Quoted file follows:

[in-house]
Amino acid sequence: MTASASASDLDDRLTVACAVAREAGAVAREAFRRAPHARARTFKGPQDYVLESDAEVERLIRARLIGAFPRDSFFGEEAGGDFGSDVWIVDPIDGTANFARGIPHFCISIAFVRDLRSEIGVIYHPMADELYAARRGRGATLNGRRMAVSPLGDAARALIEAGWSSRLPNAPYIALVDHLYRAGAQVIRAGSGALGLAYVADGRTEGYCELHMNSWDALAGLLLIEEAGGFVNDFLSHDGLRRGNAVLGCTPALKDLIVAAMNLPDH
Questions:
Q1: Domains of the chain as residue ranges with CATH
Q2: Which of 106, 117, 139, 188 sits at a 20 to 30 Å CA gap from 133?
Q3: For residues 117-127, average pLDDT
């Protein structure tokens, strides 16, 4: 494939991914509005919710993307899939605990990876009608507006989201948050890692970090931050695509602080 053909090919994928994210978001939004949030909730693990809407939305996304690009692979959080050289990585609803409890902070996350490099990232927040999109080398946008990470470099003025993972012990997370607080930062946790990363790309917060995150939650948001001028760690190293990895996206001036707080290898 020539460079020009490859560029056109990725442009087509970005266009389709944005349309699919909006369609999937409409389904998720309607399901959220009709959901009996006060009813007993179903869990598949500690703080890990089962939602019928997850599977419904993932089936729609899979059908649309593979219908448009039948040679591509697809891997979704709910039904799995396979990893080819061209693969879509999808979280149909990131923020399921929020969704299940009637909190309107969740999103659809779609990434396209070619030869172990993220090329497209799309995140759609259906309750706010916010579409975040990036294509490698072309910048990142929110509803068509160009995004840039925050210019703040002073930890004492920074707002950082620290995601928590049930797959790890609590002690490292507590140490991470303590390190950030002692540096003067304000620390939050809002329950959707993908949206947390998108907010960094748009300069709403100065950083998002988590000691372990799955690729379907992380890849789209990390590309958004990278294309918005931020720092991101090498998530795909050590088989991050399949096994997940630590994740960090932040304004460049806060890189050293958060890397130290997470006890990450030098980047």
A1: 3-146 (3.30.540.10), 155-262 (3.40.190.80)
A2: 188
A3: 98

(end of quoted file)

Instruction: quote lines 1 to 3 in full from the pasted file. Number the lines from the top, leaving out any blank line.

[in-house]
Amino acid sequence: MTASASASDLDDRLTVACAVAREAGAVAREAFRRAPHARARTFKGPQDYVLESDAEVERLIRARLIGAFPRDSFFGEEAGGDFGSDVWIVDPIDGTANFARGIPHFCISIAFVRDLRSEIGVIYHPMADELYAARRGRGATLNGRRMAVSPLGDAARALIEAGWSSRLPNAPYIALVDHLYRAGAQVIRAGSGALGLAYVADGRTEGYCELHMNSWDALAGLLLIEEAGGFVNDFLSHDGLRRGNAVLGCTPALKDLIVAAMNLPDH
Questions: